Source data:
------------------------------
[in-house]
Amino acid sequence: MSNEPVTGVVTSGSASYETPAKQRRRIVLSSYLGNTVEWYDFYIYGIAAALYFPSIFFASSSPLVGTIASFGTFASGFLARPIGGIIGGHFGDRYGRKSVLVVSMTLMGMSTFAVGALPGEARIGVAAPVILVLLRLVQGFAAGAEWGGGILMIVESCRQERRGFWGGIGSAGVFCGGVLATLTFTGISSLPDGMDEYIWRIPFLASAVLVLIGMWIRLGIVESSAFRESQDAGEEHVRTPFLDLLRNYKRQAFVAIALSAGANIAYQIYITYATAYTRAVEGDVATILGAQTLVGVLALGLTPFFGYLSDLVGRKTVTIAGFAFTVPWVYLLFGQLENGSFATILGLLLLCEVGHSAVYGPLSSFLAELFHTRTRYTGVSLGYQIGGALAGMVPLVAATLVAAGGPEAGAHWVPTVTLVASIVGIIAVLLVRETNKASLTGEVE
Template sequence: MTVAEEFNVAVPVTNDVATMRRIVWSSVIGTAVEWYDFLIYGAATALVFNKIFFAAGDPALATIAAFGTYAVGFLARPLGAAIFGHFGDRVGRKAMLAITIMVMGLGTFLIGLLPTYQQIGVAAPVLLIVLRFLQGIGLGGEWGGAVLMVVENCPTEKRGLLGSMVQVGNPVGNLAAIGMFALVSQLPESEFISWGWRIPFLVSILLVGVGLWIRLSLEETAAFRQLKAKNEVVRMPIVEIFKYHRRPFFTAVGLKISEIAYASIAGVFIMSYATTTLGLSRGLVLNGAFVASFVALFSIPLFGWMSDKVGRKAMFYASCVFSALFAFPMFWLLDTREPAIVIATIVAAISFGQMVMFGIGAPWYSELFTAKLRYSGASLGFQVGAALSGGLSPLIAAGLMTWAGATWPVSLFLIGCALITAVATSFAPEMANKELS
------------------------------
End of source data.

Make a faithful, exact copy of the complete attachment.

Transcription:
[in-house]
Amino acid sequence: MSNEPVTGVVTSGSASYETPAKQRRRIVLSSYLGNTVEWYDFYIYGIAAALYFPSIFFASSSPLVGTIASFGTFASGFLARPIGGIIGGHFGDRYGRKSVLVVSMTLMGMSTFAVGALPGEARIGVAAPVILVLLRLVQGFAAGAEWGGGILMIVESCRQERRGFWGGIGSAGVFCGGVLATLTFTGISSLPDGMDEYIWRIPFLASAVLVLIGMWIRLGIVESSAFRESQDAGEEHVRTPFLDLLRNYKRQAFVAIALSAGANIAYQIYITYATAYTRAVEGDVATILGAQTLVGVLALGLTPFFGYLSDLVGRKTVTIAGFAFTVPWVYLLFGQLENGSFATILGLLLLCEVGHSAVYGPLSSFLAELFHTRTRYTGVSLGYQIGGALAGMVPLVAATLVAAGGPEAGAHWVPTVTLVASIVGIIAVLLVRETNKASLTGEVE
Template sequence: MTVAEEFNVAVPVTNDVATMRRIVWSSVIGTAVEWYDFLIYGAATALVFNKIFFAAGDPALATIAAFGTYAVGFLARPLGAAIFGHFGDRVGRKAMLAITIMVMGLGTFLIGLLPTYQQIGVAAPVLLIVLRFLQGIGLGGEWGGAVLMVVENCPTEKRGLLGSMVQVGNPVGNLAAIGMFALVSQLPESEFISWGWRIPFLVSILLVGVGLWIRLSLEETAAFRQLKAKNEVVRMPIVEIFKYHRRPFFTAVGLKISEIAYASIAGVFIMSYATTTLGLSRGLVLNGAFVASFVALFSIPLFGWMSDKVGRKAMFYASCVFSALFAFPMFWLLDTREPAIVIATIVAAISFGQMVMFGIGAPWYSELFTAKLRYSGASLGFQVGAALSGGLSPLIAAGLMTWAGATWPVSLFLIGCALITAVATSFAPEMANKELS